Wednesday, February 1, 2017

The mind & body connection to the skin.

The mind & body connection to the skin

There is a new term, "psychodermatology" have you heard of it?  Probably not.  It is the term used to address the impact of a person's emotional state as it relates to the skin.  It is NOT a psycho dermatologist.   Just making sure that is clear.
The research indicates that the mind and the skin are connected on many different levels.  Many nerve endings are connected to the skin, which wrap around the organs, so as emotions are played out neurologically they can be expressed through skin (acne, rashes, etc.) just as stress can be expressed through symptoms like anxiety or hypertension.  For example, when a person is tense their cortisol levels will increase which affects the oil glands which can lead to an imbalance in the skins' pH leading to blemishes.

Dr. Bruce Katz, MD has a theory which he calls the "target organ theory." Certain people have different target organs that channel stress.  Some get ulcers, others migraines, while some people it is the skin that is their target organ, these people may get rashes or other skin disruptions when stressed or emotionally strained.
It is believed that during development in the womb the brain and the skin are derived from the same cells, so there is a connection.  The other immediate relationship is that when people experience stress in life, quite frequently, their skin becomes a reflection of that stress.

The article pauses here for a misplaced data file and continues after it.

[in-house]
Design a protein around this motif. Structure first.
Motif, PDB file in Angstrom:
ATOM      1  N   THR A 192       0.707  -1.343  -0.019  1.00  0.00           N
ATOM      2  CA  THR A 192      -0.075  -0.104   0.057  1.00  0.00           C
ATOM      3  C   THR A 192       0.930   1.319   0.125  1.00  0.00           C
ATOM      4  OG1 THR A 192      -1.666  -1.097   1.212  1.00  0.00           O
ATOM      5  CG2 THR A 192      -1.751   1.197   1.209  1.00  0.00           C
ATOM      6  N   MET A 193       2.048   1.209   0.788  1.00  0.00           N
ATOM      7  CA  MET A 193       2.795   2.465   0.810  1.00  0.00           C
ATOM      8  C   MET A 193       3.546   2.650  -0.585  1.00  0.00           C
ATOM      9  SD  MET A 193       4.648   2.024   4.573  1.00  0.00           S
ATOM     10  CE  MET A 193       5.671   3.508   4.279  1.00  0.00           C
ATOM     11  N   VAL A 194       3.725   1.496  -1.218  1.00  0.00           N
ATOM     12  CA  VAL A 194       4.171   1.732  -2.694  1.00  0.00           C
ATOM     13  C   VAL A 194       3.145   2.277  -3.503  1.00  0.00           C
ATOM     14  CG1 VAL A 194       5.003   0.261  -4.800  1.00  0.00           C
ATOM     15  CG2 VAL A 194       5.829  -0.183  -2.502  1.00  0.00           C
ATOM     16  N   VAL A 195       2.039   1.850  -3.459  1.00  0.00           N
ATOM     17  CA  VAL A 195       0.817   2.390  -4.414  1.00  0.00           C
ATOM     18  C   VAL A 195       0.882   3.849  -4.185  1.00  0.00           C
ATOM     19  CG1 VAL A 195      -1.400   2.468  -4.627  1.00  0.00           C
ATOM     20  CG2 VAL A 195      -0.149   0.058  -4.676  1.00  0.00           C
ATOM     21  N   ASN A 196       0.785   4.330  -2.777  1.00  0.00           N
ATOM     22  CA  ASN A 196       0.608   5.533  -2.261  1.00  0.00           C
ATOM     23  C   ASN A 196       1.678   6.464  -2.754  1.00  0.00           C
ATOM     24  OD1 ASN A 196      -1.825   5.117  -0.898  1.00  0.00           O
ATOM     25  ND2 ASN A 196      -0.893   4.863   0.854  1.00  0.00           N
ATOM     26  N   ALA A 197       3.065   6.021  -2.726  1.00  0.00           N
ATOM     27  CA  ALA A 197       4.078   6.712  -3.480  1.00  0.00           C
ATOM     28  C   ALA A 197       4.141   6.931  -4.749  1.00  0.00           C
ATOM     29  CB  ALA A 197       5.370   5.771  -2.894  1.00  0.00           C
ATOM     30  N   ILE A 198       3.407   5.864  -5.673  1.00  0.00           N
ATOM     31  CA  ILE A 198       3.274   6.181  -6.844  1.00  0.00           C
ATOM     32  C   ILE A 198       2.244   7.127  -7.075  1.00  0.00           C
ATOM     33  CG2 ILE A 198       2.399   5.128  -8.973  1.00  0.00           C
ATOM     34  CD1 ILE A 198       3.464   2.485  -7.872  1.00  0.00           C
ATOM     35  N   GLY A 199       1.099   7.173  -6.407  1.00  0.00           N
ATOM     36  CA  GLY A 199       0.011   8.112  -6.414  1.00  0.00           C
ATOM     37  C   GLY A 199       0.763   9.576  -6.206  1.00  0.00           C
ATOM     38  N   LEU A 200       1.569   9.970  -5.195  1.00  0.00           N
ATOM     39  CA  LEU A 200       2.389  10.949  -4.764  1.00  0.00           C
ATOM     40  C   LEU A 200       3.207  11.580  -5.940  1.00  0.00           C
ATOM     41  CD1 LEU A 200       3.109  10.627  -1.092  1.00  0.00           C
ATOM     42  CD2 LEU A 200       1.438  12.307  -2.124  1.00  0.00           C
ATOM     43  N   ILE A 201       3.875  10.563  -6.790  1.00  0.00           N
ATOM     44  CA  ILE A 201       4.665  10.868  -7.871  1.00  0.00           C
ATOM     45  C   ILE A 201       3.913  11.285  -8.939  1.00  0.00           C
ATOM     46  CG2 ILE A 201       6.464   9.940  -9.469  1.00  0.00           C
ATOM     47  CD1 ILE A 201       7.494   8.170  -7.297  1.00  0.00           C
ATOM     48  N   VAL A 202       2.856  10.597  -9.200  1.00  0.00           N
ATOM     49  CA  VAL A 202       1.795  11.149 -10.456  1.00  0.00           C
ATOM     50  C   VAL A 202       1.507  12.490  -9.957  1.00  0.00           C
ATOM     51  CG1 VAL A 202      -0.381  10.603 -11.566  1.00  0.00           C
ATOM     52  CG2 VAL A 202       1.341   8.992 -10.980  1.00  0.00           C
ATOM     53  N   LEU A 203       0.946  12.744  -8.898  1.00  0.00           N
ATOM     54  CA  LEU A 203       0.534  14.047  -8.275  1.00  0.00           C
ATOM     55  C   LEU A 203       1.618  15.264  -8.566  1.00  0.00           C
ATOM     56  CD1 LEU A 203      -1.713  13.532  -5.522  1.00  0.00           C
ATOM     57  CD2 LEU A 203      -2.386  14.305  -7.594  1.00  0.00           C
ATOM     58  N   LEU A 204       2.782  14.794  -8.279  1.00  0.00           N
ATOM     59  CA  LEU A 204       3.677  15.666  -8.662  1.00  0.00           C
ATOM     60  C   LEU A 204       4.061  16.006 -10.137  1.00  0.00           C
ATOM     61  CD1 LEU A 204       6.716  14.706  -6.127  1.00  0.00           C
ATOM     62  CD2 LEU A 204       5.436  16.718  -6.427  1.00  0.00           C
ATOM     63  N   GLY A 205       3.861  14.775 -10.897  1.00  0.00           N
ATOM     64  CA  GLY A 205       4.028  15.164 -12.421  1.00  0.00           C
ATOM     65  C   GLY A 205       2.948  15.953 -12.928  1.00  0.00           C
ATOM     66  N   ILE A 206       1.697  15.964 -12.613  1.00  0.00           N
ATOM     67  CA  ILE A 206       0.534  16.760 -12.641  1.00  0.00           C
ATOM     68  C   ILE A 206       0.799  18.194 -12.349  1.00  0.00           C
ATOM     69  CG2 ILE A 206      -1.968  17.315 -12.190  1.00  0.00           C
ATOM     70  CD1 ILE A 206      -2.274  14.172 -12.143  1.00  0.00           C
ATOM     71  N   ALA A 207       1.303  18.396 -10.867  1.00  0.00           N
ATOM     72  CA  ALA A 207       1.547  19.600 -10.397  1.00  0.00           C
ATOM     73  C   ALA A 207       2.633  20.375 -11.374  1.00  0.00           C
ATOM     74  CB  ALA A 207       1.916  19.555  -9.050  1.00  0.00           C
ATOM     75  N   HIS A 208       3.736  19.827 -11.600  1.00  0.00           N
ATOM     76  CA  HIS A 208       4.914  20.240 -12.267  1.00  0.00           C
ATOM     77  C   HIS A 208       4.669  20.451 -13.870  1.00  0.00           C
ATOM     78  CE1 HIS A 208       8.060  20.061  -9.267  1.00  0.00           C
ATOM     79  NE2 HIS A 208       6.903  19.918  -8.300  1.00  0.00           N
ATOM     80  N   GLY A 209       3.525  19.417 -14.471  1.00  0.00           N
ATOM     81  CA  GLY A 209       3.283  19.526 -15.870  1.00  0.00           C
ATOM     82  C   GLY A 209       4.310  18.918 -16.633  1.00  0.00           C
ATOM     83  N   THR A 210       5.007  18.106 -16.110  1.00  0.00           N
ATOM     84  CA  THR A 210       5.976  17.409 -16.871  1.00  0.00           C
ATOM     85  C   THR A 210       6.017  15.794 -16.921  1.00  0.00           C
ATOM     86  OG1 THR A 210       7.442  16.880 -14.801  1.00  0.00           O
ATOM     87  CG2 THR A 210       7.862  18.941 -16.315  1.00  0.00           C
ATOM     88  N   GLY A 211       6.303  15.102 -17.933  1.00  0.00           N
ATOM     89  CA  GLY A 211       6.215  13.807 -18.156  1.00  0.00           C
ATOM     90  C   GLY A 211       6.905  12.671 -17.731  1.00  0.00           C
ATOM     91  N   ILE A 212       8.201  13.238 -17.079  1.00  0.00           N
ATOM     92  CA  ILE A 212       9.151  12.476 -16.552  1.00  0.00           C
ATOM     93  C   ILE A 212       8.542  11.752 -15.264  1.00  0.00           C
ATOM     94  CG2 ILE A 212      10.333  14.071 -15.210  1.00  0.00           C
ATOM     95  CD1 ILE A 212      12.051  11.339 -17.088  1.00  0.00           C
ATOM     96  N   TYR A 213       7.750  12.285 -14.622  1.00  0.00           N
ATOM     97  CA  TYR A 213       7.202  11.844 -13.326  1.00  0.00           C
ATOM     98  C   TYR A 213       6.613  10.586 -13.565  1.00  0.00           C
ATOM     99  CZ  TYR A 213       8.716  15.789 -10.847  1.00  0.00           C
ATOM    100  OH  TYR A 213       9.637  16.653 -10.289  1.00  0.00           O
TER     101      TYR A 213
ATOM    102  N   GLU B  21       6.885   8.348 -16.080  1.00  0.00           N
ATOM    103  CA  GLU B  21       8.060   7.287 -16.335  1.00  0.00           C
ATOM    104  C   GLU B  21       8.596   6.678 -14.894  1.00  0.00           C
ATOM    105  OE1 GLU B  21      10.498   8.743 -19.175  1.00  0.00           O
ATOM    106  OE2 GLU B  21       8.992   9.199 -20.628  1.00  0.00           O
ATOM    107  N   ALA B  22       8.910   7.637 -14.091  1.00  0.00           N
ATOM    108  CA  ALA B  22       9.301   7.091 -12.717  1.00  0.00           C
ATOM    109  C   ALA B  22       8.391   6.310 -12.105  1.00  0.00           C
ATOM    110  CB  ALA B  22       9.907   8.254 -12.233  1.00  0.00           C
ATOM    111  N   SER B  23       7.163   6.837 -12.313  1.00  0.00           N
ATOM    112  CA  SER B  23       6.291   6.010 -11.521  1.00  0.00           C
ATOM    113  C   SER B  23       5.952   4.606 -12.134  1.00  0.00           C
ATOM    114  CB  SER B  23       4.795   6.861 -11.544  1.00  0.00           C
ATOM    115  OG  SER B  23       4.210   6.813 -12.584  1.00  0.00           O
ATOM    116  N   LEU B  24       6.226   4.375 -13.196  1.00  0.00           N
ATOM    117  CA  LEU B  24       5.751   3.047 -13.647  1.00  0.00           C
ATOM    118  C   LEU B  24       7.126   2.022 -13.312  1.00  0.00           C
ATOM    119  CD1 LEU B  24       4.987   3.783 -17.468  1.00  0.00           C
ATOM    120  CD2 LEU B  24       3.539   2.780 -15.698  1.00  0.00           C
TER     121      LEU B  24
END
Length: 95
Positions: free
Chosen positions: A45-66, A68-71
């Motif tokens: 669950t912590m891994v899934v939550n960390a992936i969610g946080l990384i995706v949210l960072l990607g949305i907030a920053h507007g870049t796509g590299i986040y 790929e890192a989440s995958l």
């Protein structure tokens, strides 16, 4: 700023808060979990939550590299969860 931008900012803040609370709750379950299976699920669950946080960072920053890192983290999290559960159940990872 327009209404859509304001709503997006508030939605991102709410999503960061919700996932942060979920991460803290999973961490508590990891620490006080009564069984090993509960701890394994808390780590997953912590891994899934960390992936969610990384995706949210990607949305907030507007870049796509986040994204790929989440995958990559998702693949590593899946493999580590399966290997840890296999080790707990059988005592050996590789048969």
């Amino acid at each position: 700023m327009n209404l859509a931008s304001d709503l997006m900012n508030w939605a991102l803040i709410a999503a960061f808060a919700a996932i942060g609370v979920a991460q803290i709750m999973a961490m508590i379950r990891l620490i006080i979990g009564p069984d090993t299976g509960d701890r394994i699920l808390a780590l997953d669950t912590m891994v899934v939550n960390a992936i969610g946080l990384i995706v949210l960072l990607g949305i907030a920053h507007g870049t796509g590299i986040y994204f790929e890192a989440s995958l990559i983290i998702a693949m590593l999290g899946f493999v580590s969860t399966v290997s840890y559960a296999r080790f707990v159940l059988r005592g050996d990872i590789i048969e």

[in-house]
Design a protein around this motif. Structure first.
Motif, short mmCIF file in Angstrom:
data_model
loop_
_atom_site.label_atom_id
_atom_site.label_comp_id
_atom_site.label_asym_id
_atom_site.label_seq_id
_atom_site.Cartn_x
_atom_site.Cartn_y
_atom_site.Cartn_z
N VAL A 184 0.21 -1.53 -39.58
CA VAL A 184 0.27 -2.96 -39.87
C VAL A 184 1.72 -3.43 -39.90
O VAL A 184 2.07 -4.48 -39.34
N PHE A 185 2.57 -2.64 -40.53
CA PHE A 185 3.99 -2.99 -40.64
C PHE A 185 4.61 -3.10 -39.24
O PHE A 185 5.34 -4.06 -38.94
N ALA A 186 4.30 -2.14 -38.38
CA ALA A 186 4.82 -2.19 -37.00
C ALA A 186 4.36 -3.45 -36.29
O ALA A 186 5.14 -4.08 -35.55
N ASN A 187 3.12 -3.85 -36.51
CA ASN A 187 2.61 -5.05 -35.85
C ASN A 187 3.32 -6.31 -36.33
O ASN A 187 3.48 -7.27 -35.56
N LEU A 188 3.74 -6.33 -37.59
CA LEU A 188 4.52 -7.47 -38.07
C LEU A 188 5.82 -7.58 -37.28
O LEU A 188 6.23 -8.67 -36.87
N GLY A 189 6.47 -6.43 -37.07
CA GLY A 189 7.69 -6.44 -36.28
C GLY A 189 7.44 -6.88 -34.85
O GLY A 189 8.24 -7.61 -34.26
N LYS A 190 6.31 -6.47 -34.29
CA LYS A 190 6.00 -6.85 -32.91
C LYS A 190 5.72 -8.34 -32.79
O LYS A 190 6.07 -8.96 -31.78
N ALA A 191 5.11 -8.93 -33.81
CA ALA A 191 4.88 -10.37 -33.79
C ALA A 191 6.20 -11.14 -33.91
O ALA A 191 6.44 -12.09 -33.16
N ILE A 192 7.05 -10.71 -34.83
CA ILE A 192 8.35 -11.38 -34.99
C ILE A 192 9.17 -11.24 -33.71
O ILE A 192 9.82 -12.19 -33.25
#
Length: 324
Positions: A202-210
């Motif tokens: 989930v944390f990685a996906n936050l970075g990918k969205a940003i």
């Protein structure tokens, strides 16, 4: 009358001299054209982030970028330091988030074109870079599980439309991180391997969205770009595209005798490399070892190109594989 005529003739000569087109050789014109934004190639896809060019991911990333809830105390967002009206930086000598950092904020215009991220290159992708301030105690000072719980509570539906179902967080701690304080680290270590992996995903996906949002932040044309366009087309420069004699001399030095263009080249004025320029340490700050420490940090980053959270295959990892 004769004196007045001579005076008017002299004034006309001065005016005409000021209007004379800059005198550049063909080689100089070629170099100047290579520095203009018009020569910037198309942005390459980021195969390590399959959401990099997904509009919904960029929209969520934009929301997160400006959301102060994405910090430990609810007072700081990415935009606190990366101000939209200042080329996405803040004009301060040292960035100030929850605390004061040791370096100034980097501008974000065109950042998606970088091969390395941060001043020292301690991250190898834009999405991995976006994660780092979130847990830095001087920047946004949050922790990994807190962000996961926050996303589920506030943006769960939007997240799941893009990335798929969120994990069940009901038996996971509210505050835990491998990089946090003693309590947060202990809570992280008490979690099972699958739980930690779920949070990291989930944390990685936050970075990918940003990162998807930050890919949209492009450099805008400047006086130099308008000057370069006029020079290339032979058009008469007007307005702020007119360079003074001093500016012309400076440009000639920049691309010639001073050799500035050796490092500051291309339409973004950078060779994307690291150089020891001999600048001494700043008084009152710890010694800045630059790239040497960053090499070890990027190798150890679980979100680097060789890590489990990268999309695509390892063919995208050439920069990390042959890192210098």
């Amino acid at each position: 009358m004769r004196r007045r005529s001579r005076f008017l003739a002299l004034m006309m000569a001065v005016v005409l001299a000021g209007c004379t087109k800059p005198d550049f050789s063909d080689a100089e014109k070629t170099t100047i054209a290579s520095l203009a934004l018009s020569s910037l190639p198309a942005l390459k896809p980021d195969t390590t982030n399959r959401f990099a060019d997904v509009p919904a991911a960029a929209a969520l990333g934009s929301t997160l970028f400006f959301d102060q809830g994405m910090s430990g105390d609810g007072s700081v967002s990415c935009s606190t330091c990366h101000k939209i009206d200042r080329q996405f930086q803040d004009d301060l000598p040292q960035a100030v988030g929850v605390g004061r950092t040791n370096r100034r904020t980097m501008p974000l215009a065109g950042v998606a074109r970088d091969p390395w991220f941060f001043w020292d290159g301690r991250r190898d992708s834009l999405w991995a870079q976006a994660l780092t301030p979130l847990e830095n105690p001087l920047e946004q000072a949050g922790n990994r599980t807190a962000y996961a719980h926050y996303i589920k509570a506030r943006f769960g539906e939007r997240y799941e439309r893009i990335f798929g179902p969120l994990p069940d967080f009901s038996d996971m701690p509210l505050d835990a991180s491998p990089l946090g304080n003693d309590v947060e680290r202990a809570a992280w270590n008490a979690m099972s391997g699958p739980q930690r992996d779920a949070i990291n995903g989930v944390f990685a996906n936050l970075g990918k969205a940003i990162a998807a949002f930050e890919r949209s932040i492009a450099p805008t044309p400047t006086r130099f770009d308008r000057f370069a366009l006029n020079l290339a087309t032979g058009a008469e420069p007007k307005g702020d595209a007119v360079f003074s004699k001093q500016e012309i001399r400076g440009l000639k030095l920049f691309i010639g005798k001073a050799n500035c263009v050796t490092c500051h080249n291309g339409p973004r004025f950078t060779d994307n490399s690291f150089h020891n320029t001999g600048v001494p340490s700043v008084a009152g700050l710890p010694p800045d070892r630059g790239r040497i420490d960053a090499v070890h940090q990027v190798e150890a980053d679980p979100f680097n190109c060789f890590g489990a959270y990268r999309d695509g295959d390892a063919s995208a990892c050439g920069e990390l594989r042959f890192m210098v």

What to do about skin disruptions that are related to stress varies depending on the condition and the cause.   If the condition is short lived, such as a temporary short term job that you dislike there is not much to do because the flare up is episodic.   But if the stressors are more chronic, such as a difficult marriage or a person is unemployed and unable to find work the conditions are longer lived and need on going attention.
Talk to your skin care specialist.  Your visits are confidential.  Any and all information given can help tremendously when deciding which treatment options are best for you and your situation.Whatever information you can share will benefit you in the end.  Still not sure how I feel about the term "psychodermatology" still sounds like a crazy doctor to me.

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